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IN RE: Heather A. COLE, Petitioner–Appellant, v. Michael James NOFRI, Respondent–Respondent.
Petitioner mother commenced this proceeding seeking, inter alia, to modify a prior order of joint custody granting respondent father physical custody of the parties' child (child) by awarding physical custody of the child to her. As limited by their briefs, the mother and the Attorney for the Child (AFC) appeal from the order insofar as it dismissed that part of the petition seeking a modification of the parties' custody arrangement on the ground that the mother failed to establish a change in circumstances.
A party seeking a change in an established custody arrangement has the “burden of establishing a change in circumstances sufficient to warrant an inquiry into whether the best interests of the child warranted a change in custody” (Matter of York v. Zullich, 89 AD3d 1447, 1448). Although, as a general rule, the custody determination of the trial court is entitled to great deference (see Eschbach v. Eschbach, 56 N.Y.2d 167, 173–174), “[s]uch deference is not warranted ․ where the custody determination lacks a sound and substantial basis in the record” (Fox v. Fox, 177 A.D.2d 209, 211–212). Moreover, “[o]ur authority in determinations of custody is as broad as that of Family Court” (Matter of Bryan K.B. v. Destiny S.B., 43 AD3d 1448, 1450; see Matter of Louise E.S. v. W. Stephen S., 64 N.Y.2d 946, 947).
We agree with the mother and the AFC that the mother met her burden of establishing a change of circumstances. Since the original custody trial, each party has remarried and has had two additional children who are younger than the subject child, and the father has two step-children who are older than the subject child. The evidence established that the child felt isolated in the father's home and indicated a strong desire to live with the mother. While a 10–year–old child's preference regarding the parent with which he or she would like to reside is not dispositive, it is a factor to consider in determining whether there has been a change in circumstances (see Matter of Taylor v. Rivera, 261 A.D.2d 947, 948; see generally Matter of Dorsa v. Dorsa, 90 AD3d 1046, 1047). The evidence further established that the child's anxiety with respect to living with the father has progressed to the point where he has expressed to others his thoughts of harming the father and the father's family, which led the parties to agree that the child needs counseling.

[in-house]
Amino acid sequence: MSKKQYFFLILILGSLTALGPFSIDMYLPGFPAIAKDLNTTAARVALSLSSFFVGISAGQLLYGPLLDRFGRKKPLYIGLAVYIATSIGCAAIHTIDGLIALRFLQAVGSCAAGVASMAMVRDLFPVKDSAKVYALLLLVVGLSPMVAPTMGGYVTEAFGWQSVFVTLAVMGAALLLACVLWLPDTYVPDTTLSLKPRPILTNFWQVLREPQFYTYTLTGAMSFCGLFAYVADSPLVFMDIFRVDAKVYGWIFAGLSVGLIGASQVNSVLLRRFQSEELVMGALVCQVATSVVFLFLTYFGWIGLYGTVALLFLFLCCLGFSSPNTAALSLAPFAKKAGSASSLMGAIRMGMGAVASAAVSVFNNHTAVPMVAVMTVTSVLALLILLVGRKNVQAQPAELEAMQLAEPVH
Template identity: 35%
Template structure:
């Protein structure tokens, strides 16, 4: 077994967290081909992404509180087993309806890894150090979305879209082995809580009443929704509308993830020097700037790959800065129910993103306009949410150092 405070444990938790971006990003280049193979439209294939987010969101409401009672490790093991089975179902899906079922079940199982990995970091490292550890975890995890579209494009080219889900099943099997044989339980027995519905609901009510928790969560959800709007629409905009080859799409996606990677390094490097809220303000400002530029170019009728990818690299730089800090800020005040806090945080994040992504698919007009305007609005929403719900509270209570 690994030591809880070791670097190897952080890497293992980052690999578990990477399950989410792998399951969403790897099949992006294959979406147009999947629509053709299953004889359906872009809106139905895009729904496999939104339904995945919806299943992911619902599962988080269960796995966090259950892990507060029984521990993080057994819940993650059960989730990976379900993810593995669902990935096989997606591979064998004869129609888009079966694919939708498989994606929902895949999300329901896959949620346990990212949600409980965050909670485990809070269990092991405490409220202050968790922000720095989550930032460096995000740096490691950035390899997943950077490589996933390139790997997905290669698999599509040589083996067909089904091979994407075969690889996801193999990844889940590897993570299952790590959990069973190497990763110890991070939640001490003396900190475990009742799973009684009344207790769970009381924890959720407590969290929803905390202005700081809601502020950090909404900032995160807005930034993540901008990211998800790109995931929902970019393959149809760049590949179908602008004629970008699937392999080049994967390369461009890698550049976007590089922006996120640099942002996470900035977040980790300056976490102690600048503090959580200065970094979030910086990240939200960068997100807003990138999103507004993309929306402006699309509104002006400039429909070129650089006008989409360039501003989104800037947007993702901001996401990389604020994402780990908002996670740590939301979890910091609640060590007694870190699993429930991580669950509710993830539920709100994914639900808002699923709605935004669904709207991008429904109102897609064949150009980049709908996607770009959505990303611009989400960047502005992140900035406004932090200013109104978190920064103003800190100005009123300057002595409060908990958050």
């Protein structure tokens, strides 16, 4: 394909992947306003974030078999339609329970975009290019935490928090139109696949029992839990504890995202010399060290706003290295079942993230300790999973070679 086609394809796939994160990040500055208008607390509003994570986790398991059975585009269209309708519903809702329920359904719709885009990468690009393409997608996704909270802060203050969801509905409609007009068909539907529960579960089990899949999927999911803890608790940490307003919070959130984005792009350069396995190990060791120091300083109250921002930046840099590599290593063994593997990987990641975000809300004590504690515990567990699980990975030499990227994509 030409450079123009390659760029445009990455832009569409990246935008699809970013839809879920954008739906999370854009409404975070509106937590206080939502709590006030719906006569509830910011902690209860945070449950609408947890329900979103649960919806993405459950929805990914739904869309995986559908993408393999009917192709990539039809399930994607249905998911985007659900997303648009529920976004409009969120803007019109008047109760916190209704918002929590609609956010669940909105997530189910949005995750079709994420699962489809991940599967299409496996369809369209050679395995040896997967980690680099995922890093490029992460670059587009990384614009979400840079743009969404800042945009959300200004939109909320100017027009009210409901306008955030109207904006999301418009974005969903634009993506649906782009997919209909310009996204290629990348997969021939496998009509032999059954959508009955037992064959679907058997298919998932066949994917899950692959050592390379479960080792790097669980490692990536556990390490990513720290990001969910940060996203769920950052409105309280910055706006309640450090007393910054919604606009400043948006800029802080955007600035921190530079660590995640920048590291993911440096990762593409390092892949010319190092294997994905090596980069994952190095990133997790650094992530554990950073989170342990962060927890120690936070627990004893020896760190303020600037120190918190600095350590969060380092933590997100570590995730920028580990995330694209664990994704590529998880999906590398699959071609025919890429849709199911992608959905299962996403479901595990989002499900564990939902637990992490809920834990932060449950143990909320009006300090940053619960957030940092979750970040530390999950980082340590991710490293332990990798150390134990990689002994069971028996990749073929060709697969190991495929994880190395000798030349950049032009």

The father contends that, inasmuch as there was no showing that he was unfit or less fit than the mother, the current custodial arrangement should not be altered simply to accommodate the desires of the child (see Fox, 177 A.D.2d at 211). We reject the father's contention that the current custodial arrangement should not be changed. The Court of Appeals has cautioned that “[t]he only absolute in the law governing custody of children is that there are no absolutes” (Friederwitzer v. Friederwitzer, 55 N.Y.2d 89, 93), and that “no one factor, including the existence of the earlier decree or agreement, is determinative of whether there should, in the exercise of sound judicial discretion, be a change in custody” (id. at 93–94). We conclude that this case is unique because the record establishes that the child suffers from extreme anxiety as a result of the current custodial arrangement. Although the reason for his anxiety is not clear, it is clear that the child is not doing well under the current arrangement. Thus, on this record, we conclude that there has been a sufficient change in circumstances warranting an inquiry into whether the best interests of the child would be served by modifying the existing custody arrangement.
Inasmuch as the record is sufficient for this Court to make a best interests determination, we will do so “in the interests of judicial economy and the well-being of the child” (Bryan K.B., 43 AD3d at 1450). After reviewing the relevant factors (see Fox, 177 A.D.2d at 210), we conclude that it is in the child's best interests to award the mother primary physical custody of the child. While the father has been the primary residential parent for the past five years, the mother is better able to provide for the child's emotional needs. The evidence established that the child confided in the mother and felt secure addressing his emotional issues with her, whereas he was afraid to discuss any issues or problems with the father. Given the child's anxiety, the mother's ability to provide for the child's emotional needs is a factor that should be accorded greater weight. We therefore reverse the order insofar as appealed from and grant the petition in part by awarding the mother primary physical custody of the child and visitation to the father, and we remit the matter to Family Court to fashion an appropriate visitation schedule.